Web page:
Learning At Home
Just Got Easier!
verb (used with object)
to grasp or seize (something) suddenly and eagerly; snatch.
The Scots verb cleek (past tense claucht or claught) “to grasp or seize” comes from Middle English (Northern and Scots) cleke, cleken, a more conservative form than Southern English clechen “to grab, capture.” Both cleke, cleken and clechen come from Old English clyccan “to bend one’s fingers, clench,” the source of Modern English clutch. The Scots noun cleek means “(large) hook (as for hanging a pot over a fire)”; a second sense, from the shape of a cleek, is “arm” (the body part); a third sense, from the second one, “a golf club with an iron head, a narrow face, and little slope, used for shots from a poor lie on the fairway.” The verb cleek entered English in the late 14th century, the noun in the early 15th.
Aw’ve sin the’ time when thi’d’n ha’bin cleeked up like lumps o’ gowd.
Archie was just about to cleek him, when he made one terrible rush up water, taking out nearly all my line.
of, relating to, or resembling twilight; dim; indistinct.
The euphonious adjective crepuscular, “relating to twilight, dim,” is a derivative of the Latin noun crepusculum “(evening) twilight, dusk” (its opposite, “morning twilight, dawn,” is diliculum, very rare but euphonious in its own right). Crepusculum is most likely a derivative of the adjective creper “obscure, doubtful, uncertain,” of obscure, doubtful, uncertain etymology. Crepuscular entered English in the mid-18th century.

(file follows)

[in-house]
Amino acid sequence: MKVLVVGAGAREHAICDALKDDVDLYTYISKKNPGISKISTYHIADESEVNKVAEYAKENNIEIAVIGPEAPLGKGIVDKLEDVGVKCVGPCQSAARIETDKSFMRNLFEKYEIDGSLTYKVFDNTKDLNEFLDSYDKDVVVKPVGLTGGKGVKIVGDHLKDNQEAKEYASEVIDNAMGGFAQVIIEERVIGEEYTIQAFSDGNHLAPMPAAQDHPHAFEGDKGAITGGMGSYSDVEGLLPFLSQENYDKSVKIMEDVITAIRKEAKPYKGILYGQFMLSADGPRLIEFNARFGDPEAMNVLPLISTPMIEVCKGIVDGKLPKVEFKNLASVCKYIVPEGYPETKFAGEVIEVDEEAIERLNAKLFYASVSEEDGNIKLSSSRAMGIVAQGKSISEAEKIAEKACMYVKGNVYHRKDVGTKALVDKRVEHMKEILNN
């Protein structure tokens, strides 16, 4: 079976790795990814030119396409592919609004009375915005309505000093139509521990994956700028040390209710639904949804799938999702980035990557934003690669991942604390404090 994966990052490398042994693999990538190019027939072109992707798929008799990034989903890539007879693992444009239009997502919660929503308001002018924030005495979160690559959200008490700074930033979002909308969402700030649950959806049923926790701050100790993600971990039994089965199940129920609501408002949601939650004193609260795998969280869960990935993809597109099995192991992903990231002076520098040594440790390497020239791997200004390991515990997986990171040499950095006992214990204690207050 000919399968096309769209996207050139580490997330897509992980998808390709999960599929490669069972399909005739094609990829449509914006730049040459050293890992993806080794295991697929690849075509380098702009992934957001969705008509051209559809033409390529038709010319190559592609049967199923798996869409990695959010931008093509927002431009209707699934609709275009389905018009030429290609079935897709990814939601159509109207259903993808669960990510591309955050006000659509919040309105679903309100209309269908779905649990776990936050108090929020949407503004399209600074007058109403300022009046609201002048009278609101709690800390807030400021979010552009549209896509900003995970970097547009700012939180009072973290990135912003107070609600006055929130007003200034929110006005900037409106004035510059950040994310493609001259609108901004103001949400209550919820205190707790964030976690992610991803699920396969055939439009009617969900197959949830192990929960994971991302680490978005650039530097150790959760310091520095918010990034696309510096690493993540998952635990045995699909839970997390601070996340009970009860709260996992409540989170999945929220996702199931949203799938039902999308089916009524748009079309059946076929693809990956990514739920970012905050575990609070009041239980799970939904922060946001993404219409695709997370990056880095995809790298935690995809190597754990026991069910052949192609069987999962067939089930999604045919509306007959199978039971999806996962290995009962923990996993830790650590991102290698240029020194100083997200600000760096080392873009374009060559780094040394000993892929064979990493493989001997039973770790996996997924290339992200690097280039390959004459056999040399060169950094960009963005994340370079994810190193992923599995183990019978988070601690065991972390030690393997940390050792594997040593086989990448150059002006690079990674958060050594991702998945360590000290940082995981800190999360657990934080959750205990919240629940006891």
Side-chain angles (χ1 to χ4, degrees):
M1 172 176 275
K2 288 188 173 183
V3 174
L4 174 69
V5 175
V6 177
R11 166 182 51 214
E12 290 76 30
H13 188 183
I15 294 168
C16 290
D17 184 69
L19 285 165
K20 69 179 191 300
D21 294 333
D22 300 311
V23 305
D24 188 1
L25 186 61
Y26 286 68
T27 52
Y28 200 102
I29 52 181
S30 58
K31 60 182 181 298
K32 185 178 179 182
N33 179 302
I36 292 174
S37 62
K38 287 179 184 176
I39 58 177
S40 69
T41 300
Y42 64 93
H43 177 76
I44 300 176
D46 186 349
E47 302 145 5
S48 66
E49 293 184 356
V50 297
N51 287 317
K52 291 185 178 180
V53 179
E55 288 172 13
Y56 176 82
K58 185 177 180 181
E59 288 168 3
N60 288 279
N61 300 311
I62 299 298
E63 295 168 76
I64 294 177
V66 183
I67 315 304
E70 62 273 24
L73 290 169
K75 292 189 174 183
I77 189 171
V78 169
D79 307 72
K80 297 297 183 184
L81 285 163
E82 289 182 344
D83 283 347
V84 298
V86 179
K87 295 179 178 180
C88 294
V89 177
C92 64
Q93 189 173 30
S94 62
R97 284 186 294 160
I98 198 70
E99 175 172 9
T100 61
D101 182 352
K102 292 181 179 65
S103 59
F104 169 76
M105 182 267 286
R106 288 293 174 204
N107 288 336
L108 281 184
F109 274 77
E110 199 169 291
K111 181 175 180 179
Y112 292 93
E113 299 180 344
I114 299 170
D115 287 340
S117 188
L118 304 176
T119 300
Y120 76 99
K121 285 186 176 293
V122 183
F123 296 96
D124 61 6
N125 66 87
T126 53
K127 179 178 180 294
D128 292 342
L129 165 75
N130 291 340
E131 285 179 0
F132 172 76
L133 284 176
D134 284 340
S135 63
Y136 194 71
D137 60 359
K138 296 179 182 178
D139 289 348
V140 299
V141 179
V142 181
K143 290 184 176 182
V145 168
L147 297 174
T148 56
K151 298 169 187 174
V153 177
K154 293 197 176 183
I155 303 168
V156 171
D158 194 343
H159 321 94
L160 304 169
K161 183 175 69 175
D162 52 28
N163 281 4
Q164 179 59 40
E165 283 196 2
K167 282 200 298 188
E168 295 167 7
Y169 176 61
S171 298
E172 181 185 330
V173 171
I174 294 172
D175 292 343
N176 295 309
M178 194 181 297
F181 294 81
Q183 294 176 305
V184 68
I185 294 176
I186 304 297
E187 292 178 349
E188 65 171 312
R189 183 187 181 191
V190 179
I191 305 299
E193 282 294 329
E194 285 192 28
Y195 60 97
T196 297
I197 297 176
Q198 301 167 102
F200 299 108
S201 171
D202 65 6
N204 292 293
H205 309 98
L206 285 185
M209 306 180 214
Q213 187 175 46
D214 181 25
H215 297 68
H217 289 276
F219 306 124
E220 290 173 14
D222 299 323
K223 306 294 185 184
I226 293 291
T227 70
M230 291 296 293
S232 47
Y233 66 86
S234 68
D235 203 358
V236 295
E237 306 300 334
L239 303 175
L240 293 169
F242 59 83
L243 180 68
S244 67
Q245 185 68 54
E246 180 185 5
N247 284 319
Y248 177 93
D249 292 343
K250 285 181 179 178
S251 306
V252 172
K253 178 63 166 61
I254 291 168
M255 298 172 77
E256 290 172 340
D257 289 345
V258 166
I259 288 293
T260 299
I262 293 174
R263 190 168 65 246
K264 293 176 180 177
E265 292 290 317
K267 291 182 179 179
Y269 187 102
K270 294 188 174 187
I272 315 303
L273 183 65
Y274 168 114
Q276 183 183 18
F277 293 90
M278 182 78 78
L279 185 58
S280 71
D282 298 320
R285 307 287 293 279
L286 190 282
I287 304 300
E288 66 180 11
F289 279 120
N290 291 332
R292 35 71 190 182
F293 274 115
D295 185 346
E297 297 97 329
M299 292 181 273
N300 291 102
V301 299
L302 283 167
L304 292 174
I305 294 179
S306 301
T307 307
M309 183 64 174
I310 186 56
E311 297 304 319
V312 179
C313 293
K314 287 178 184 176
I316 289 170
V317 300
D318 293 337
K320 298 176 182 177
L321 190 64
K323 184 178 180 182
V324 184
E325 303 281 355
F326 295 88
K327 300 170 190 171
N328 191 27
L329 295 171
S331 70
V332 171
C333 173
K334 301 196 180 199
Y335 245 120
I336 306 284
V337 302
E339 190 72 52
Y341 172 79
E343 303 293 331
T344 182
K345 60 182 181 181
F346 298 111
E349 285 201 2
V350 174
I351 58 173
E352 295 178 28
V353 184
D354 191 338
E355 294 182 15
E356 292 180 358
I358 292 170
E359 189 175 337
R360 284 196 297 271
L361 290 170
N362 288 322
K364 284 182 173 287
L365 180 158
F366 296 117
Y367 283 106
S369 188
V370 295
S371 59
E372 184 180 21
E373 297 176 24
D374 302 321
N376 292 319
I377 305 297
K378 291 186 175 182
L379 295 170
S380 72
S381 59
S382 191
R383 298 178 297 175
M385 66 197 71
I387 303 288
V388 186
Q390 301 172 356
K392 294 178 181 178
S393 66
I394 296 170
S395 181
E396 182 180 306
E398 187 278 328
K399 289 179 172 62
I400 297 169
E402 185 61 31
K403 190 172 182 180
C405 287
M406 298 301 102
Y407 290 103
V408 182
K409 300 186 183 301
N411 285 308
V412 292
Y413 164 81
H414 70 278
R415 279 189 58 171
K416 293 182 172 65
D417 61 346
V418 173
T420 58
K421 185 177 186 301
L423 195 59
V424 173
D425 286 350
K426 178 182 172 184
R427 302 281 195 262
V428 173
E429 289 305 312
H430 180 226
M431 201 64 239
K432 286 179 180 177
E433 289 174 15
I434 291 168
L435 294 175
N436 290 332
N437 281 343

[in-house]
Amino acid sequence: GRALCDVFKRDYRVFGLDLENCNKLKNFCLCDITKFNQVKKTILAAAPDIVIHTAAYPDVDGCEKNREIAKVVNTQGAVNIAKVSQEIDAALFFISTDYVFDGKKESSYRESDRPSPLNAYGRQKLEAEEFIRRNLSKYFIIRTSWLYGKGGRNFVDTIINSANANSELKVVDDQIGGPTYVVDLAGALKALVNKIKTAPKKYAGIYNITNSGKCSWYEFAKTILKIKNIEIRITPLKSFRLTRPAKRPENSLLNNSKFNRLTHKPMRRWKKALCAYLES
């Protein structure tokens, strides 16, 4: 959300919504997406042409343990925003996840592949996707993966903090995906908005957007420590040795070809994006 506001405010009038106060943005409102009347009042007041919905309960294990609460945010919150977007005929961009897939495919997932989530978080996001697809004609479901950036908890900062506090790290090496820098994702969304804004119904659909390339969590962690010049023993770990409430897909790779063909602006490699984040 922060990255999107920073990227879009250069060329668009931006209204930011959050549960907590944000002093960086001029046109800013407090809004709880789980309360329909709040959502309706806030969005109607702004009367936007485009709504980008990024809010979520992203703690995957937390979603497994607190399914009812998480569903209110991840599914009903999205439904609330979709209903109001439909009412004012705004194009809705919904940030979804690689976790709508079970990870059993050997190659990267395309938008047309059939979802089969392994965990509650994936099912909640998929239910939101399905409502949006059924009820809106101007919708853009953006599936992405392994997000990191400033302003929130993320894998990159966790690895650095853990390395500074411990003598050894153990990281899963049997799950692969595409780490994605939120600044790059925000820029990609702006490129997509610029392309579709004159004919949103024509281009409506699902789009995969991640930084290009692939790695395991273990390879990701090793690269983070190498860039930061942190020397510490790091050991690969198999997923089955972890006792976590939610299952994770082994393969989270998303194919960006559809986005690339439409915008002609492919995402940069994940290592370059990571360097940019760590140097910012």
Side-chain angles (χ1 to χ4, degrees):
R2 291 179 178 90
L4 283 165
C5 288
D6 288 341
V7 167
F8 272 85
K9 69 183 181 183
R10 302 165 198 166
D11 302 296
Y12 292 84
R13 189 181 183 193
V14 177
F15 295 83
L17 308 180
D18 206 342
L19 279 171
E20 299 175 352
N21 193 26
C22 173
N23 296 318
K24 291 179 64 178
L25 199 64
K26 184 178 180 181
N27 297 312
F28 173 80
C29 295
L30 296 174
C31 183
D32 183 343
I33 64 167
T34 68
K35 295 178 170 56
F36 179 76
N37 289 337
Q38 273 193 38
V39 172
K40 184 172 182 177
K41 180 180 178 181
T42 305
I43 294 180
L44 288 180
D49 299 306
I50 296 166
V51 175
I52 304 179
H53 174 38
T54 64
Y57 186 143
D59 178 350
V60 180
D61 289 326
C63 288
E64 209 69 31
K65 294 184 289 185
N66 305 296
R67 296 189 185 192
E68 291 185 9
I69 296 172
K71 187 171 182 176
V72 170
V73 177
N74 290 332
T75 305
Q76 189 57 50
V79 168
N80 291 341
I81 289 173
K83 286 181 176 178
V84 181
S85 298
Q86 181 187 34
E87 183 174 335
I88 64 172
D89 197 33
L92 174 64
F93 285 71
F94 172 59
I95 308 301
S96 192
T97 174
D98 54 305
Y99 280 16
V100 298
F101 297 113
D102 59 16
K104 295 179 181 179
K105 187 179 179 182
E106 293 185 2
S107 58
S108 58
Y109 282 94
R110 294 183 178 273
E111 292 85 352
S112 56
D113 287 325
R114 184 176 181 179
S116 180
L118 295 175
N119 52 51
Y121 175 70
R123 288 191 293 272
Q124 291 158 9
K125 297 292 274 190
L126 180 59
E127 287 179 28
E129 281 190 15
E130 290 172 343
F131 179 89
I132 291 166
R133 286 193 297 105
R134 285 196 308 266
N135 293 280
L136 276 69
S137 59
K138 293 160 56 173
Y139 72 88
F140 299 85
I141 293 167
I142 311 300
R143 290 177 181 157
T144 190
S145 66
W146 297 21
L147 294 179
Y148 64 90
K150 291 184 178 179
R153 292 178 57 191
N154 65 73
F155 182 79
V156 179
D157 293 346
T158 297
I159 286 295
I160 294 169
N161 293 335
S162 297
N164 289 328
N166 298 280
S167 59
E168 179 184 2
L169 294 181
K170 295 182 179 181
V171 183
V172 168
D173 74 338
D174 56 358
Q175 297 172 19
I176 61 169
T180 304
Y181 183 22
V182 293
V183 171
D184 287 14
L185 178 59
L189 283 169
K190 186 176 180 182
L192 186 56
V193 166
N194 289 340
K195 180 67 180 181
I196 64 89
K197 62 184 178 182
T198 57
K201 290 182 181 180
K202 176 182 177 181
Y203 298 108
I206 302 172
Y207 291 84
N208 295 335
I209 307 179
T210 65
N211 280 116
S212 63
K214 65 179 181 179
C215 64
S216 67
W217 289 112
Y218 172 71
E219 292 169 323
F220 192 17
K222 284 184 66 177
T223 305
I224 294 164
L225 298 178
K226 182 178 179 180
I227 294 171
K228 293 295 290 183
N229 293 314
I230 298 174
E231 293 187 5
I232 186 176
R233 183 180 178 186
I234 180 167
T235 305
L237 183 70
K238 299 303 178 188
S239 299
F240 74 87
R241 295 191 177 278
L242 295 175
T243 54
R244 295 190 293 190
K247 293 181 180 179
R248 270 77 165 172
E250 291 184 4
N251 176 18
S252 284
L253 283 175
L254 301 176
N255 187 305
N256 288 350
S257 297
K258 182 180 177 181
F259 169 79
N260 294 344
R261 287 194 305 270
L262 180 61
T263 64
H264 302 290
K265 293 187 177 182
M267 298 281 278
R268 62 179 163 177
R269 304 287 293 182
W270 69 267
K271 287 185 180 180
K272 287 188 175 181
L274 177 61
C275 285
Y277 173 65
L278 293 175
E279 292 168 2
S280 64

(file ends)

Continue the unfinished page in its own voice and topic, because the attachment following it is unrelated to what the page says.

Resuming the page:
At dusk the full moon began its rise in the crepuscular light and its glowing would last the entire of that night until it set at dawn.
The whisper of his conviction seemed to open before me a vast and uncertain expanse, as of a crepuscular horizon on a plain at dawn—or was it, perchance, at the coming of the night?
the mother of a family.
Materfamilias, “the mother of a family,” is not very common in English, even less common than paterfamilias “the male head of a family, householder.” Materfamilias comes from Latin māterfamiliās, a compound of māter “mother” (nominative singular) and familiās “of a family” (the archaic genitive singular of the noun familia, which in classical Latin is familiae). Māterfamiliās is often written in Latin as two words (māter familiās). Materfamilias entered English in the mid-18th century.
I do not know a more hard-worked, driven creature than the ordinary Materfamilias at the seaside, more especially if she has left her own large airy house, with its nurseries and schoolrooms, and taken lodgings at a fashionable spot, where every inch of space costs pounds, and where she can never rid herself of her family for one moment.
Uncle Dikran … took Shushan’s side in every family dispute, knowing better than to disagree with the omnipotent materfamilias.